Eric Fourman






A look at the front artwork of Nashville-based Eric Fourman’s self-released five-track album Transparent and another glimpse at its title, and the expectation is set in the listener’s head: this is a hibernal album of winter memories. It is exactly here where one might play the infamous “sad trombone” sound file, for this is decidedly not what the album is about. Forget about all earthen things, as the artist takes the listener to the vast emptiness of space. Been there, done that? Sure, Space Ambient albums have their ever-growing fan base. Phillip Wilkerson, Gel-Sol, even classically trained clarinetist Tony Scott and of course the notorious György Ligeti have all visited the genre, some of them briefly, others regularly. In this regard, Eric Fourman is an irregular visitor of the genre as of yet, Transparent is his first galactic work, available at Bandcamp for free. Mostly improvised and more felt than played, I am not so sure about the artist’s statement regarding the improvisational part. He might be a skilled pianist or just talented, for there is one particularity that elevates this seemingly picayune artifact and allows Fourman to firmly face the friendly competition: comparably complex tone sequences. While Transparent remains a dedicated Drone work supercharged with wadded synth molecules, dark matter stripes and other cosmic cornucopias, there are multitudinous glistening chimes, vesicles and other flecks encapsulated in the arrangements. It thus deserves an in-depth review, methinks, where I am going to carve out the luring aspects and the more clichéd patterns.


Quasar launches the album in that specifically beautiful way, for even though every sound has already been delivered in the wide realms of Ambient music, there is that certain retrogressive texture that sucks me in, time and again: good old-fashioned square lead pads. Here, Eric Fourman creates their heavily reverberated afterglow with a calcined glissando and heterodyned tone sequences which emanate a rubicund forsakenness, an incredible melancholy. This fragile luminosity is not placed in a pith of nonentity, but gyrates majestically around a galactic airflow of synth washes. Spacey and eminently catchy, the duo of patterns is further ennobled by clichéd but somewhat mandatory laser sounds and alkaline dark matter vestibules which change into semi-dissonant space organs later on. Quasar is a quiet piece which still benefits from higher volume levels due to said square lead protrusions and the revved up cacophonous cinematography in the second phase. Follow-up Neutrino is an asbestus-fueled noise heliosphere of over seven minutes where the pads of the main aorta are shimmering in dazzling colors, distantly resemblant of pentatonic tone sequences, but even if these were glaringly audible, they would be crushed to pieces due to the aggressive – or rather firm – attitude of the melody. It shuttles between self-pitying bile and coruscating credence, the latter of which is undoubtedly ameliorated by the alloy of vitreous galactosamines. These molecules illumine the scenery and soften its aggression… oddly enough via sparkling clarity.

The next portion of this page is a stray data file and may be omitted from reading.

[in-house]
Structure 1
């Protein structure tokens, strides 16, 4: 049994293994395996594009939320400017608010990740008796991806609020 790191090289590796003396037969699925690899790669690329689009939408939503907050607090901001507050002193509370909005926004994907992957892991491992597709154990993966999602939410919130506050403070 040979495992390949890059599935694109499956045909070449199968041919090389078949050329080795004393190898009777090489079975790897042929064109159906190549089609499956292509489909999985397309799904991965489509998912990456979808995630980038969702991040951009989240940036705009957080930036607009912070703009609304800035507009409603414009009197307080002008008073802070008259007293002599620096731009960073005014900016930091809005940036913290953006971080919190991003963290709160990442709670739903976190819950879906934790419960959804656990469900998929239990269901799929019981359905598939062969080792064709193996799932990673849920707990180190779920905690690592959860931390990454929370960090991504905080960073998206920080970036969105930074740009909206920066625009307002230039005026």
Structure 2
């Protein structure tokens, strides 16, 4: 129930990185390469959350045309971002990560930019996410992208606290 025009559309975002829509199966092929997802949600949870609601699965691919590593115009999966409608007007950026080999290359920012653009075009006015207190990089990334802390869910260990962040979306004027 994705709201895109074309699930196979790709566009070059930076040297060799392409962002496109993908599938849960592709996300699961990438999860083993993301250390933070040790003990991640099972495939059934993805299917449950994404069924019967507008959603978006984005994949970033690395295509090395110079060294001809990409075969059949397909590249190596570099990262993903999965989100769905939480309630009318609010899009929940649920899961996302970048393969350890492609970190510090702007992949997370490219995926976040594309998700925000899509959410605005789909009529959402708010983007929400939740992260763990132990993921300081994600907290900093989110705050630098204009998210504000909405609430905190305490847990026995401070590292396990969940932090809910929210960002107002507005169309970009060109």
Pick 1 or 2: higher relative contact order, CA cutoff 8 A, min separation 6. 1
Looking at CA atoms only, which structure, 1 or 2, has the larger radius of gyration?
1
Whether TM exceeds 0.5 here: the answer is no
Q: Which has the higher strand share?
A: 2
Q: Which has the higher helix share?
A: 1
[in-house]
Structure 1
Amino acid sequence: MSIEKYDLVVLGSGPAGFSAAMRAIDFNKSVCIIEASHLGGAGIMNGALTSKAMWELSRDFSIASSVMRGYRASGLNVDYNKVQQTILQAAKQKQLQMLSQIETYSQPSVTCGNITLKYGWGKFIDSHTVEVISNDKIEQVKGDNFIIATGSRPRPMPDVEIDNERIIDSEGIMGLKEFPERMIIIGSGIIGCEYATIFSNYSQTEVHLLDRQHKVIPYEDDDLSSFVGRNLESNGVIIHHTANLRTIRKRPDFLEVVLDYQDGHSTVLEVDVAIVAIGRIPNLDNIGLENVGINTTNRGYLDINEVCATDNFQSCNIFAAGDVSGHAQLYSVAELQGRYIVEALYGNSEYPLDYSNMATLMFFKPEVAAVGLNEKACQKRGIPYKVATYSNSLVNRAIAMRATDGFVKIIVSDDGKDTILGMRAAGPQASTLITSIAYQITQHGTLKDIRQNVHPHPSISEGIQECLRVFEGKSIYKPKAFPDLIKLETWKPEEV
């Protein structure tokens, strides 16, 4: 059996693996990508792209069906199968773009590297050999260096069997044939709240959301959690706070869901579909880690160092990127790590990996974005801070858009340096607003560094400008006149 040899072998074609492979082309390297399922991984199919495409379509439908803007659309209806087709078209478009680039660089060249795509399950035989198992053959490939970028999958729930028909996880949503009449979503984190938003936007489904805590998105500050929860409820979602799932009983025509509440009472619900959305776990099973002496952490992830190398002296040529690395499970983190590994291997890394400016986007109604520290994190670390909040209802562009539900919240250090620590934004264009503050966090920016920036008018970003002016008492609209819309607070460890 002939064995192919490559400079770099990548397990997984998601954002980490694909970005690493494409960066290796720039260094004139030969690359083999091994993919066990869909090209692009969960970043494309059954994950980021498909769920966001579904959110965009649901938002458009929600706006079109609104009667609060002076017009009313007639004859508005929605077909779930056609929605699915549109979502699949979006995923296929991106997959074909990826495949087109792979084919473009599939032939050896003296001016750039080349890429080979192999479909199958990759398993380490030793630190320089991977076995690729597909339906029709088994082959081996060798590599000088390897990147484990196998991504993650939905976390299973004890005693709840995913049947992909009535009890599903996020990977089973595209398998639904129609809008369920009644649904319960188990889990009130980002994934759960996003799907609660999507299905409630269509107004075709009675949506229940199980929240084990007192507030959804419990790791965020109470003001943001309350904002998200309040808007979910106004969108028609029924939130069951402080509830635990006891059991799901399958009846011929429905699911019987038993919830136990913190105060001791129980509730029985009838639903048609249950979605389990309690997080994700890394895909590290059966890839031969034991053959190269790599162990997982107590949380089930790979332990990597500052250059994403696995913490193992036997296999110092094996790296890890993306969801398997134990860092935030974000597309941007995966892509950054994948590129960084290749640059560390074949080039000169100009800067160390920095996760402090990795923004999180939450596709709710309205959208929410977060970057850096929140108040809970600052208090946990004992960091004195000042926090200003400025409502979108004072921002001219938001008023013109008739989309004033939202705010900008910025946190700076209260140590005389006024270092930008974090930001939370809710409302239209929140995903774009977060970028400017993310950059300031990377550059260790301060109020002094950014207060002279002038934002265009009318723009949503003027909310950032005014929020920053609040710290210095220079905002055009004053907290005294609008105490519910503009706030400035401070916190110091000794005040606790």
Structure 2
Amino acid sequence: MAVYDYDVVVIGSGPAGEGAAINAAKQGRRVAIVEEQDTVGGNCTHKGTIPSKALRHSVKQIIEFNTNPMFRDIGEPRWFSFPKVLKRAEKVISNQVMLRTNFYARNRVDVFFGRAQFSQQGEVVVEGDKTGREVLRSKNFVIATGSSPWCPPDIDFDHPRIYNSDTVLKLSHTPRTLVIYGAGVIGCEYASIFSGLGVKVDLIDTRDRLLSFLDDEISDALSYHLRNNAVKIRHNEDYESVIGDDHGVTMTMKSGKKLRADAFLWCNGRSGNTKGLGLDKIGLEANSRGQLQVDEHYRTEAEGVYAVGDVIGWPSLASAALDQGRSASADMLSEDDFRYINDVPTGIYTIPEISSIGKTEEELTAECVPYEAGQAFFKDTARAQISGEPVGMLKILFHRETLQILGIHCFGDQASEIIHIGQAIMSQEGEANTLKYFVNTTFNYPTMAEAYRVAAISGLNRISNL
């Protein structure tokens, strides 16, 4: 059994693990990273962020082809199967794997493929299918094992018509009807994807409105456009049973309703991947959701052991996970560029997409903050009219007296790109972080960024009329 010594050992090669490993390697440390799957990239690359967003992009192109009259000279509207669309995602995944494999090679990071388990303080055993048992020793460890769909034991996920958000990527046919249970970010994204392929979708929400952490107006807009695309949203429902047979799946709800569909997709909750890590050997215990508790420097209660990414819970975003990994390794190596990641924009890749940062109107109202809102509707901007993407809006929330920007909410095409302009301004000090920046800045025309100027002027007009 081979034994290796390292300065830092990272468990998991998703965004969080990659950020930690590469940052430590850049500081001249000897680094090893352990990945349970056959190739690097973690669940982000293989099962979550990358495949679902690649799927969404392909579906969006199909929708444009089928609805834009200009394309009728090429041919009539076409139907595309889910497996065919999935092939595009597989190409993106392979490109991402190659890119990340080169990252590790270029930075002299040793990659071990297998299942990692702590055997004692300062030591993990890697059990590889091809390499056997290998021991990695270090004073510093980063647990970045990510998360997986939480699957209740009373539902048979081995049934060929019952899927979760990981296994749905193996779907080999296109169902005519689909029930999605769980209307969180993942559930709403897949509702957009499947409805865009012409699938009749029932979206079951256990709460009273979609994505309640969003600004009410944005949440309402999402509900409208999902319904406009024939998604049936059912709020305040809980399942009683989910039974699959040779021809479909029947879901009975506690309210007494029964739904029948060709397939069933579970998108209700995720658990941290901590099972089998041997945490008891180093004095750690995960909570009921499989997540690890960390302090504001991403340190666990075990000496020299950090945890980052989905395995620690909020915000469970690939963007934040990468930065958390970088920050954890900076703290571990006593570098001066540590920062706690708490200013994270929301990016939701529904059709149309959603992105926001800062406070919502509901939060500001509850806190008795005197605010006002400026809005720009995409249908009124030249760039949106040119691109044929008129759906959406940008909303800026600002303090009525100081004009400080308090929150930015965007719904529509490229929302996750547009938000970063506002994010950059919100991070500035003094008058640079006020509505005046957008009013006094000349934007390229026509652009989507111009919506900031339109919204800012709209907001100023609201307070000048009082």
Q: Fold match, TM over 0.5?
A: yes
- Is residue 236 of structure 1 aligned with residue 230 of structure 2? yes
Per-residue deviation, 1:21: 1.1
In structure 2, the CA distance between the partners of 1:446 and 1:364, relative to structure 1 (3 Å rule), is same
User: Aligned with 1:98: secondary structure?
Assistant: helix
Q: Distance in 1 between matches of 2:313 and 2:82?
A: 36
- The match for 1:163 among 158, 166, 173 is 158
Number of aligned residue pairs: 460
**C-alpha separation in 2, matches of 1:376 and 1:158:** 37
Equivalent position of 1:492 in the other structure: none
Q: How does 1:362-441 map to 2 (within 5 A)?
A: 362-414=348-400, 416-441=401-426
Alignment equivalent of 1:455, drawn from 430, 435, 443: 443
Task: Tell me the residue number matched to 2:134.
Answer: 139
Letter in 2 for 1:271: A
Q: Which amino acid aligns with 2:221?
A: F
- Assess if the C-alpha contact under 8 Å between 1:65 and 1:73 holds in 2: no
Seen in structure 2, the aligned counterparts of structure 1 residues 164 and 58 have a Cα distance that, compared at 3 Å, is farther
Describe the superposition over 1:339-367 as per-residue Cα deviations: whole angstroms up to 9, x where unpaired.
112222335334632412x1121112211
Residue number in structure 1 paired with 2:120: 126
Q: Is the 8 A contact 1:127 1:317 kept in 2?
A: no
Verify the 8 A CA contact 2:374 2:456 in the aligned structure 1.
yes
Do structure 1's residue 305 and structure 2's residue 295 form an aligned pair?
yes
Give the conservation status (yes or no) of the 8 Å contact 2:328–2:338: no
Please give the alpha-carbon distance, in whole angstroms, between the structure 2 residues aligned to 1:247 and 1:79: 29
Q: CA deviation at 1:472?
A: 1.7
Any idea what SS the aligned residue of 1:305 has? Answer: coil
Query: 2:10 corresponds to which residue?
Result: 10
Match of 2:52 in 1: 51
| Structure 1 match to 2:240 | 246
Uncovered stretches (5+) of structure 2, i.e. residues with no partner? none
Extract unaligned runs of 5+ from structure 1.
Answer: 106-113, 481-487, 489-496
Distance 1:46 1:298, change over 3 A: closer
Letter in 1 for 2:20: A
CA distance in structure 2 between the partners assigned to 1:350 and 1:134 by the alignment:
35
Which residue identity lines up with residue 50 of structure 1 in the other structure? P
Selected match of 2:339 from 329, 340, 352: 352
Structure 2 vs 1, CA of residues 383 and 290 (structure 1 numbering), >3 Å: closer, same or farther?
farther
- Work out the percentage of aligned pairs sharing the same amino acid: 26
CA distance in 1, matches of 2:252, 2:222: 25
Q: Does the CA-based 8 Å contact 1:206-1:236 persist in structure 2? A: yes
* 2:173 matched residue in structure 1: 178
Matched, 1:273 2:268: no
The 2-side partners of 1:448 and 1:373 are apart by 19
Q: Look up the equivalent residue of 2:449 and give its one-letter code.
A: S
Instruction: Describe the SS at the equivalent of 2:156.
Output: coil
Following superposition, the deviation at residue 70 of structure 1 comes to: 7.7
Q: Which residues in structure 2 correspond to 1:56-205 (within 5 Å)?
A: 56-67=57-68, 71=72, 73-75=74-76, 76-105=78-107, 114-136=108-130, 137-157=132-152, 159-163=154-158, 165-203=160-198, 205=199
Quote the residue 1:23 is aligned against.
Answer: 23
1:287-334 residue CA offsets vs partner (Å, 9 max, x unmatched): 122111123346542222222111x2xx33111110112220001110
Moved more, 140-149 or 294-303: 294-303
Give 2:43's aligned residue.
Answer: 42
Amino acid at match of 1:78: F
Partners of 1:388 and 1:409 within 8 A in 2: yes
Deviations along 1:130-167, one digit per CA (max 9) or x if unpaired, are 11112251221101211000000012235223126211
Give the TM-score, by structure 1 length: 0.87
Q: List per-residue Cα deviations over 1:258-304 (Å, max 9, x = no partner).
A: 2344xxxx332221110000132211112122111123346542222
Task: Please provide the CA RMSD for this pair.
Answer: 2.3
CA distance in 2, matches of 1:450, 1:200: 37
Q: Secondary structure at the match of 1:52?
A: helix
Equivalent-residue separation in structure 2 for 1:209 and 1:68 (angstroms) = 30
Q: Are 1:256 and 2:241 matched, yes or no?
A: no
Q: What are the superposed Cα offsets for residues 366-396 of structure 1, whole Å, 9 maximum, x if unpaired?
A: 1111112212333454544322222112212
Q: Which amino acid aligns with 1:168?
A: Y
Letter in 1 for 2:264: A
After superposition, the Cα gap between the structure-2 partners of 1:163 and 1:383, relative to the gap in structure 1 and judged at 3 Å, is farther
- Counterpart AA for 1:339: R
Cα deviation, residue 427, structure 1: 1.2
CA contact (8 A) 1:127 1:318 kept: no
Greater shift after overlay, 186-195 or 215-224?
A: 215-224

Reverse Continuum is next and is a hit-or-miss affair; due to its enormously stereotypical physiognomy, it depends more than ever on the listener what to make of its characteristic traits. Firstly, the listener is greeted by a complexion of histrionic dark pads whose murkiness is brazen and cheesily danger-evoking. But Eric Fourman soon pushes the track into a different direction, as these darkest of all runlets becomes entangled with – genuinely gorgeous – prolonged gongs whose abyssal depth echoes through the tense immediacy of this maelstrom. This layering technique, to my mind, successfully camouflages the directionless tones which are placed in an alatoric fashion. Still, Reverse Continuum is no bad track, especially not if one is keen on blurrier, less spiky or piercing synth intertwinements, for the latter part is designedly diffuse and blurred, potentially cozy but still tense due to the cautiously erected cacophony complete with screeching synth strings. Afterwards, and only a few seconds shy of the ten minute mark, Blackhole starts in a surprisingly less melodramatic fashion even though its title is predestined to create exactly this very atmosphere. Strangely enough, but successfully so, Fourman decides to present a silkened nod to the opener Quasar, at least surface-wise, by displaying a mellowly muffled mélange of square lead pads. These are drowned in bass nebulae whose only protuberances consist of whirling flashes and Korg-oid vibrato helixes. It is these helixes that grow and unite, somehow invoking a warm feeling. The end is nigh though, as the titular whorl is reached via heftily metallic static noise fluxions and bit-crushed electric guitars. Simultaneously, soft fogs twirl in close proximity.